In the field of aviation, this historic event represented a beginning. But for Orville and Wilbur Wright, it was the end of a long and tedious journey. A journey initiated by a dream common to every little boy. The desire to fly. But what most children abandon to the domain of fantasy, Orville and Wilbur Wright seized upon as a potential reality. They believed they would fly. More than that they believed they should fly.
Wilbur described the birth of their vision in this way:
“Our personal interest in it [aviation] dates from our childhood days. Late in the autumn of 1878, our father came into the house one evening with some object partly concealed in his hands, and before we could see what it was, he tossed it into the air.”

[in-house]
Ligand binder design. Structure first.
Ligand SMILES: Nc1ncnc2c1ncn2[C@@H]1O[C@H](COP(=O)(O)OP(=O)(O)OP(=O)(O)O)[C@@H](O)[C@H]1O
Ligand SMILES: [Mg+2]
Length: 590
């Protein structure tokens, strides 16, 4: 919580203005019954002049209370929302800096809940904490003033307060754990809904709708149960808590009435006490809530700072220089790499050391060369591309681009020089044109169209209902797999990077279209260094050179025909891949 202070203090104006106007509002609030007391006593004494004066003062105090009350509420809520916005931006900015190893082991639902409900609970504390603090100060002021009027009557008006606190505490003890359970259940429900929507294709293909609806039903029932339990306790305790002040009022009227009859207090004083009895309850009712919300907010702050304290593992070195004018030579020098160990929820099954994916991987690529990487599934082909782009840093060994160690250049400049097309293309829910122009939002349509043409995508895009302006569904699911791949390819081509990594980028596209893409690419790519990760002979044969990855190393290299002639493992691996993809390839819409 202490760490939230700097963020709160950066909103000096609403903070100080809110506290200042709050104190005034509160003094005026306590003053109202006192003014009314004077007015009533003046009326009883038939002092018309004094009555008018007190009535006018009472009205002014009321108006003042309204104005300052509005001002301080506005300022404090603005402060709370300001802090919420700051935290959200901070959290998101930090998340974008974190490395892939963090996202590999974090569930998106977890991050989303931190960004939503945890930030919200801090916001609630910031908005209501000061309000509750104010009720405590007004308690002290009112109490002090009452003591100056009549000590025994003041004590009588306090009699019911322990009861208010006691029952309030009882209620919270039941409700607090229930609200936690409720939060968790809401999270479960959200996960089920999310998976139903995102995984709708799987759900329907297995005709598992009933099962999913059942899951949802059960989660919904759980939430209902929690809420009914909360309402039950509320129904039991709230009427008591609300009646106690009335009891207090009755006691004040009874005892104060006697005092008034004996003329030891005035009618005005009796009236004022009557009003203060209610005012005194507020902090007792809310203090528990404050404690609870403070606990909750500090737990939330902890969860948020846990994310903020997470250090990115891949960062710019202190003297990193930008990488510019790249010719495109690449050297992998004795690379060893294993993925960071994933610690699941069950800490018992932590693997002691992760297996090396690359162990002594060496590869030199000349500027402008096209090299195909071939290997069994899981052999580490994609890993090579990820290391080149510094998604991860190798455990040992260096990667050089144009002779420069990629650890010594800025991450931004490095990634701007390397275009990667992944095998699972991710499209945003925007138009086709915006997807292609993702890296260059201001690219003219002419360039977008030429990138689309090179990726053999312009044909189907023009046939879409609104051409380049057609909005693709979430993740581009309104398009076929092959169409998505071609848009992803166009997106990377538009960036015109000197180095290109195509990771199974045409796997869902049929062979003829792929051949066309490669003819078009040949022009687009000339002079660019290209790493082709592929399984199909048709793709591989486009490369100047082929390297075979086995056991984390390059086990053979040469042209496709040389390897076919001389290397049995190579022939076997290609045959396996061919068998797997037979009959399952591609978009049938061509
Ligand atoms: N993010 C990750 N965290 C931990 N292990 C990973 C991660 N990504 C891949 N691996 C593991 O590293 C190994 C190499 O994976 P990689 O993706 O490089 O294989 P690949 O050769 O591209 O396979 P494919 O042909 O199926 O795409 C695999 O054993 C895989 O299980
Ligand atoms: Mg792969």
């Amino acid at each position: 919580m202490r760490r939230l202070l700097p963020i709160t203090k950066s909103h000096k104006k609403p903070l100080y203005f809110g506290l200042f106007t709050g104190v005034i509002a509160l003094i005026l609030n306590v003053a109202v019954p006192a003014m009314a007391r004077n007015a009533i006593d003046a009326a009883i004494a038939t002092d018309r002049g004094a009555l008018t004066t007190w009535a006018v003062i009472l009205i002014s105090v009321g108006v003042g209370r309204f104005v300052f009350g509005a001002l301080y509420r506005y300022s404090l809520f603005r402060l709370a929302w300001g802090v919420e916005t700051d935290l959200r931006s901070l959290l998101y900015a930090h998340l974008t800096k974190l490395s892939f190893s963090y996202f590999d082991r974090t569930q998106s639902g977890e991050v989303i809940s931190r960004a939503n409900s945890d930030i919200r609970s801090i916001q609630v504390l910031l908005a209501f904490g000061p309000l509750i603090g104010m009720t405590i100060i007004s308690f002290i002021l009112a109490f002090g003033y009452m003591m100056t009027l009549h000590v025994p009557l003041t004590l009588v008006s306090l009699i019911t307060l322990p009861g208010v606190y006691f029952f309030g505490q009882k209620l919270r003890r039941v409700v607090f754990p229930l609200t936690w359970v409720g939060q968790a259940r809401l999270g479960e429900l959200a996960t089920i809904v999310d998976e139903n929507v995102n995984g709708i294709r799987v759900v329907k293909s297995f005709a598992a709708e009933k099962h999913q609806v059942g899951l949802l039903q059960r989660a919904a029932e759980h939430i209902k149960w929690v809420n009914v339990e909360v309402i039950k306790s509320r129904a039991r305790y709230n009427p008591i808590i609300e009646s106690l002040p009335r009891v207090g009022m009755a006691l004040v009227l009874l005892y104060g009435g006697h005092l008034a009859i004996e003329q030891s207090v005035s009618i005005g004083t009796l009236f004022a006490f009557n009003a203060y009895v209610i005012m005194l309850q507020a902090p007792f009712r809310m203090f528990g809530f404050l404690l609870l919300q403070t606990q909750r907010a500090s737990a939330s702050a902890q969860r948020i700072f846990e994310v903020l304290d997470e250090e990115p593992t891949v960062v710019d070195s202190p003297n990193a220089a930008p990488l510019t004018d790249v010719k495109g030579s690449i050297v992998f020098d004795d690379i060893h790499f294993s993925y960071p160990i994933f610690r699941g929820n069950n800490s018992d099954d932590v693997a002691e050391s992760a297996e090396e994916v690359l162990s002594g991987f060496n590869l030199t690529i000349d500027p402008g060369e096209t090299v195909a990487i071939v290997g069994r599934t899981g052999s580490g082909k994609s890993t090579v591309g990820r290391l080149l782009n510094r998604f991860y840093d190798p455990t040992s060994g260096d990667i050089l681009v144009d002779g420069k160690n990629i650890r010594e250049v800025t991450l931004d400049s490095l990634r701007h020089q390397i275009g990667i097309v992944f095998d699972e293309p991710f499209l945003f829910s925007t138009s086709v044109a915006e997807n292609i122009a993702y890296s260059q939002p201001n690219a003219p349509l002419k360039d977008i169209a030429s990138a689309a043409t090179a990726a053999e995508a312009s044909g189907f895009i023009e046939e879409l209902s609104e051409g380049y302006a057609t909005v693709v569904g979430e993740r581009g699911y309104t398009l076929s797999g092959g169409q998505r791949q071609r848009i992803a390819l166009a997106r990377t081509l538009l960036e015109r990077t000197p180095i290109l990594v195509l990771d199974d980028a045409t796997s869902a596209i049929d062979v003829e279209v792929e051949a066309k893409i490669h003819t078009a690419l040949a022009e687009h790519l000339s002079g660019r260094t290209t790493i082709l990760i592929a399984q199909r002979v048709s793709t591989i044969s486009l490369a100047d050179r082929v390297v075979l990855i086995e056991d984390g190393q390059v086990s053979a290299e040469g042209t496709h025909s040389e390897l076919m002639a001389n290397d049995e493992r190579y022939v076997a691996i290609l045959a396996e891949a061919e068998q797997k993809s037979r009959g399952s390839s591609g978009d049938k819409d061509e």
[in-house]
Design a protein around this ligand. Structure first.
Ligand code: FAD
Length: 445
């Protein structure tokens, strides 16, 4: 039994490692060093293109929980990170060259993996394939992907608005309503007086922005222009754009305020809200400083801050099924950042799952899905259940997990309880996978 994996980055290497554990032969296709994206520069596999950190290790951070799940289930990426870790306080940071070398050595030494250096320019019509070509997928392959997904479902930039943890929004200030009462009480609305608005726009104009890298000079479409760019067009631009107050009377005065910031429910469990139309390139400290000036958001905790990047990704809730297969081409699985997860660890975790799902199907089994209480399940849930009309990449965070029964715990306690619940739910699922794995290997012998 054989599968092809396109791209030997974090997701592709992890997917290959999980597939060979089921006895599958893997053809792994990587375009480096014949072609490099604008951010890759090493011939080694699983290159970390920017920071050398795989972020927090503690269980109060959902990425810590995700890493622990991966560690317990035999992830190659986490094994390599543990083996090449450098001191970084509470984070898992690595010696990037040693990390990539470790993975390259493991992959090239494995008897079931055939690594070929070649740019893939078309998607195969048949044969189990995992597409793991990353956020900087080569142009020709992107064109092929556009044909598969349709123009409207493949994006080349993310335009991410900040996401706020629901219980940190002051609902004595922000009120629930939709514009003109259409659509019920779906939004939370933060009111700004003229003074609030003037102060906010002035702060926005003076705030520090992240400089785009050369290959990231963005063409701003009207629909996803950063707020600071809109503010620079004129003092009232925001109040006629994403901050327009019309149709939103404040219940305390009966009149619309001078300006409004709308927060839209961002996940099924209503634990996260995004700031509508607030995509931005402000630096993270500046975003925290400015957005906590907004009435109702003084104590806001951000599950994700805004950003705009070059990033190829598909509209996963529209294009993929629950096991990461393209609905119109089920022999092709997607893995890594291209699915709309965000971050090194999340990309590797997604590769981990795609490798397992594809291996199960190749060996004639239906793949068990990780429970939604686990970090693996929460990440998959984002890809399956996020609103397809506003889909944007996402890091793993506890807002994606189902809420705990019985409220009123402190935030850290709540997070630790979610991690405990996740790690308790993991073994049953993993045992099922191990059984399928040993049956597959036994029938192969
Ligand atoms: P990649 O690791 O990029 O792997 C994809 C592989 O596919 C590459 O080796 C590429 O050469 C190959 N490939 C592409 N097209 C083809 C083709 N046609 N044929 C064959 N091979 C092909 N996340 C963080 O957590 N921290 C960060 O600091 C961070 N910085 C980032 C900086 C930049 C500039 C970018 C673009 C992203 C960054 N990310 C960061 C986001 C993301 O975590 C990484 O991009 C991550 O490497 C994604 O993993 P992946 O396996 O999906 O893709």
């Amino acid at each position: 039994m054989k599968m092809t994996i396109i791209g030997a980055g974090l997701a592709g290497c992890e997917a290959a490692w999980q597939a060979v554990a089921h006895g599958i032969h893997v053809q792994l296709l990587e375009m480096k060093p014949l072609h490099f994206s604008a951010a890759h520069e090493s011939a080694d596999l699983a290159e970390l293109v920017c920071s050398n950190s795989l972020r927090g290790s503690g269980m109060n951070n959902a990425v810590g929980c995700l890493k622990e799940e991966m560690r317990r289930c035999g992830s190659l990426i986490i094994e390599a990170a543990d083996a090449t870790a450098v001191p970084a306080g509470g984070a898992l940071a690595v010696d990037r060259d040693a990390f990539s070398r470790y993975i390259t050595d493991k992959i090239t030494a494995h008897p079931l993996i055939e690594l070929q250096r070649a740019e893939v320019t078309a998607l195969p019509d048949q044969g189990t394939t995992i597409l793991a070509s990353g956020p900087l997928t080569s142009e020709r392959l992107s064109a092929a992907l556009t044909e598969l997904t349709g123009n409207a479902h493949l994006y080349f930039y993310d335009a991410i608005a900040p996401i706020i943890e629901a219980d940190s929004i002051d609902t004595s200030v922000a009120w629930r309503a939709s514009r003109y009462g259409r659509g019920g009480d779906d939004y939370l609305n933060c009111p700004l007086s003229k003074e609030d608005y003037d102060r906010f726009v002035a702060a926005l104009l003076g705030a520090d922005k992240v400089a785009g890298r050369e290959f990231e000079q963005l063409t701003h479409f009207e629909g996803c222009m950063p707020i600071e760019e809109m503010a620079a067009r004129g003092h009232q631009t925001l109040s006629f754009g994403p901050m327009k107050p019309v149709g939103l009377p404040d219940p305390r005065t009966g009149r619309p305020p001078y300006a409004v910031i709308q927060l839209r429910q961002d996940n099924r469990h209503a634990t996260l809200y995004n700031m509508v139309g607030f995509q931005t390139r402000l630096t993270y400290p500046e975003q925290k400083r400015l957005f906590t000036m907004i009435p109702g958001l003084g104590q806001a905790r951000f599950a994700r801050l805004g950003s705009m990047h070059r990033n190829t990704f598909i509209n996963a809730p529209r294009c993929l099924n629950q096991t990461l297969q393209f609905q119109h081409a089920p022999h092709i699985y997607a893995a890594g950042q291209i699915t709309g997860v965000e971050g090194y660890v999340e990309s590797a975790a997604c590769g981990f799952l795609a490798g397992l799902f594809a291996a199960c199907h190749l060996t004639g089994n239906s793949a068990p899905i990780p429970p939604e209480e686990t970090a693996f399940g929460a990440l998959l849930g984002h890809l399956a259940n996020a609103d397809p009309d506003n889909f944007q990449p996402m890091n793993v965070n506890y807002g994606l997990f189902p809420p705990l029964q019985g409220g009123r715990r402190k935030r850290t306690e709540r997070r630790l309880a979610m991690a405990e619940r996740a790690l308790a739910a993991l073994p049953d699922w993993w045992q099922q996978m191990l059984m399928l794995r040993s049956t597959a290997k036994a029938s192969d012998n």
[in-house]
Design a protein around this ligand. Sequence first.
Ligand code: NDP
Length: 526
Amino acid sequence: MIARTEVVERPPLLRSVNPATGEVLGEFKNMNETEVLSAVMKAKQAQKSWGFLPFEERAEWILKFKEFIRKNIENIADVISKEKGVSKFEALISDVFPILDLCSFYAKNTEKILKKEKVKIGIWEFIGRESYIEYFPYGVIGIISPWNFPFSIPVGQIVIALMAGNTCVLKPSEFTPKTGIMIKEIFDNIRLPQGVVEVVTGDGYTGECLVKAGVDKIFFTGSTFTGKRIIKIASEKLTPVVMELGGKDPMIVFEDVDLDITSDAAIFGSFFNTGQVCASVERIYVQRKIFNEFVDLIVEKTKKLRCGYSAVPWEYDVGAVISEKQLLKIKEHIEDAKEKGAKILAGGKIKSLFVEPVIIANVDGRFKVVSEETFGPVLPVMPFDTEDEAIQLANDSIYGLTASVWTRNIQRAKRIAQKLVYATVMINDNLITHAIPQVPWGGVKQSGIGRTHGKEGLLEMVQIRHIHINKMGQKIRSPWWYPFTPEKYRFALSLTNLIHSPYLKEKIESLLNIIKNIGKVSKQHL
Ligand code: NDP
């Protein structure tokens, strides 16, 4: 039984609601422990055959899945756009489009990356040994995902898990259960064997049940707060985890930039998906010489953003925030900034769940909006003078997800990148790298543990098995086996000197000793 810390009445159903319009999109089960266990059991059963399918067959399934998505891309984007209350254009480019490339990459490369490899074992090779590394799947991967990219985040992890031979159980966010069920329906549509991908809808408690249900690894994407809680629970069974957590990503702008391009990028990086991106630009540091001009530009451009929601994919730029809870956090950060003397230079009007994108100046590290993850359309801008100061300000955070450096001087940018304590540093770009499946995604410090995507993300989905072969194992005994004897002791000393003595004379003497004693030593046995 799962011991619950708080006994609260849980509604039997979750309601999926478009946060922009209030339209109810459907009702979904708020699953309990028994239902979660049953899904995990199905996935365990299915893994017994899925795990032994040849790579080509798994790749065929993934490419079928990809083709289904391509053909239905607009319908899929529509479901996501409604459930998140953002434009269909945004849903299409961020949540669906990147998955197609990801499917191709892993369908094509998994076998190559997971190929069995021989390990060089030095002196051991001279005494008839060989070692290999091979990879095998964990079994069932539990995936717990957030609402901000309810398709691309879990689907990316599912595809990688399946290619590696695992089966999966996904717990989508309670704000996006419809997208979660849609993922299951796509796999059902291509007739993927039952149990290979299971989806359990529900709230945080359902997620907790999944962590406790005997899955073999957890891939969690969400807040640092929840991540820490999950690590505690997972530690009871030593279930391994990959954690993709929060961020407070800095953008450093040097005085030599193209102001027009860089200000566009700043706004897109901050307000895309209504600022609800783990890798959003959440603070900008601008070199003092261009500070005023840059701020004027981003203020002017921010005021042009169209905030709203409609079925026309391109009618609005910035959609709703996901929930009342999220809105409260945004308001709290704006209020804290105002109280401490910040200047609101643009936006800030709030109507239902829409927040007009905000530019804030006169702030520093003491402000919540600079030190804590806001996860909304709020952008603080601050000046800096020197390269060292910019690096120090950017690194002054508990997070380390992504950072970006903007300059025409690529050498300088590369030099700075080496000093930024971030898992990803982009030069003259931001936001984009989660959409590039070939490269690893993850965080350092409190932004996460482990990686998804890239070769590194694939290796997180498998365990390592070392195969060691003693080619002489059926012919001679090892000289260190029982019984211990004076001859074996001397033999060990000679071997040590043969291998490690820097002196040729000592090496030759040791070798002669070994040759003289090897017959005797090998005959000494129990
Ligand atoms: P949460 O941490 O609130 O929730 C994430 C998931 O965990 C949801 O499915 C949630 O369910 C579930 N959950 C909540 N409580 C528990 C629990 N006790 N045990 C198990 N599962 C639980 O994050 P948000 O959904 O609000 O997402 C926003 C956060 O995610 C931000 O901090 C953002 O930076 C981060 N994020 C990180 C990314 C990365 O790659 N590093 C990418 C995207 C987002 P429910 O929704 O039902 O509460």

“Instead of falling to the ground, as we expected, it flew across the room until it struck the ceiling where it fluttered for a while and finally sank to the floor. It was a little toy, known to scientists as a ‘hélicoptère’ but which we with sublime disregard for science, at once dubbed a ‘bat’.”
“It was a light frame of cork and bamboo, covered with paper, which formed two screws, driven in opposite directions by rubber bands under torsion. A toy so delicate lasted only a short time in the hands of small boys, but its memory was abiding.”
(Orville and Wilbur Wright, “The Wright Brothers Aèroplane,” Century Magazine, September 1908.)
This childhood experience sparked in the boys an insatiable desire to fly. The only thing they lacked was the means. So they immediately went to work removing the obstacles that stood between them and their dream and they began building their own helicopters. In doing so they stumbled upon the principles of physics that could pave the way to their first successful manned flight. In short they began to engineer their vision. They took the necessary steps to ensure that what they believed could be, would be..
Andy Stanley, Visioneering (Sisters Oregon: Multnomah Publishers, 1999), 7-8
Image: Orville (left) and Wilbur Wright.